Daily Sociologist Variation in Media Reporting of one Event

The first source of variations in media reporting of one event lies in the type of journalism that is being conducted. 

On scene journalists will go to the scene of the event and will work to collect and to verify the accuracy of as much information as possible. Then they will attempt to write the most coherent and comprehensive article that is possible, and to meet very tight deadlines.

On scene journalists will interview witnesses, officials and others in the heat of the event, then get background information. Then they will format a story that will be seen by an editor, fact checked, then read off of a teleprompter by a television newsreader, sent to the major news feeds online, or end up in the next day’s online or print newspapers.

Television journalists will have their spoken summaries and interviews in front of a camera, with visual presentation of the journalist, the witnesses and others and of the event as the most important elements. Television news will solicit and obtain as much visual imagery of major events as is possible from professional, amateur and archive sources.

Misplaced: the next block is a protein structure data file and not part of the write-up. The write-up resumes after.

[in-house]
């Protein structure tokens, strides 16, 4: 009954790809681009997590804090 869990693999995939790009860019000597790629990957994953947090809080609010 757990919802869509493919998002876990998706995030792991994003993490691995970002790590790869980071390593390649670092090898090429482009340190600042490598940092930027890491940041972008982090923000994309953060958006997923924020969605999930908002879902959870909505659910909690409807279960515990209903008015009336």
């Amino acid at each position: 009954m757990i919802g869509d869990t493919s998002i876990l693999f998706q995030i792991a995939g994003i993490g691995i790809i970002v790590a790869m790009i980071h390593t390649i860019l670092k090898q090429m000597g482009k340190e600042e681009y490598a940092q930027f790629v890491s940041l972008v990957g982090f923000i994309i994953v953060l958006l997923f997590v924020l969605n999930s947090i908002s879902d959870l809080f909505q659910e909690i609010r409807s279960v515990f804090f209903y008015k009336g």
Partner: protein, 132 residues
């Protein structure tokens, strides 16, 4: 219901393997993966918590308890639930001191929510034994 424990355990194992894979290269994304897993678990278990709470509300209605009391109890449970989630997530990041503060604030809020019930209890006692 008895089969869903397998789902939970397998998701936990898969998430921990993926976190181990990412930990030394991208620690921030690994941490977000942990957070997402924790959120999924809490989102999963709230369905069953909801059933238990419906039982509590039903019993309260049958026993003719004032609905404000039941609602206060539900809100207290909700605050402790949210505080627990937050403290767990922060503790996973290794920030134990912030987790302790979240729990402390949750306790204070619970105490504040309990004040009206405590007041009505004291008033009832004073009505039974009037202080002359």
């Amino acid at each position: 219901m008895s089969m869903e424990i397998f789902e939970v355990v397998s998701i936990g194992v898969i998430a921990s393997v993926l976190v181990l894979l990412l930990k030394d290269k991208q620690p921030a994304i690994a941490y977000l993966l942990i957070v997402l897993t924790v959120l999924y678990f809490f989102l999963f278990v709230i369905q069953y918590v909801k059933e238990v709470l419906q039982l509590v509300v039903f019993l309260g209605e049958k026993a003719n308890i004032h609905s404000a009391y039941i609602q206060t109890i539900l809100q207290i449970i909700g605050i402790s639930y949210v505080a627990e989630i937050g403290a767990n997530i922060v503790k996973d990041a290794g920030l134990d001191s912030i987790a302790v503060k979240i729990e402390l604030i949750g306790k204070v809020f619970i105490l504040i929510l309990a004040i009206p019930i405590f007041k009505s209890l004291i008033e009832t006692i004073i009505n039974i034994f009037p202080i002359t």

Investigative journalism will take the fullness of time, with true professional interviewing, detailed research and extensive fact checking as part of the process.

Scientific journalism is a new specialty in journalism, requiring skills at dealing with the complexity of the scientific issue as well as the complexity of competing arguments about the issue that go on among members of the scientific community. Scientific journalists are best served by having specialized knowledge as well as long time or special connections to the members of the science community, often within sub specialties of science as their focus.

There are other specialties of journalism that require a long time for establishing sources, connections, experience and knowledge. Political journalism, military journalism, and crime journalism are examples.

Citizen journalism is fraught with the cognitive errors, filters and biases that the citizen journalist may or may not have overcome. Citizen journalism, however, is less susceptable to external bias and will present fresh and unique perspectives that can draw great audiences.

The wide variety of differences in reporting on the same matter, issue, event, or interest simply comes from the orientation, background, knowledge, skill and biases of the journalist.

The second area of variability in reporting of the same event or issue lies in the format or presentation of the news. Format orientation  will change what is presented or covered. The format comes with external and internal biases, some of which are covertly imposed by major advertisers, and others which are imposed by assumptions that maximize audience, which maximizes profit from advertising.

Other biases or focuses can come from political agendas and personal biases, limited time and presentation formats and overall styles of various “newstainment” shows. Also, optimization programs that tell the networks which stories are getting the most  attention from the online audiences. This is a form of bias that is based on popularity among a subgroup of society.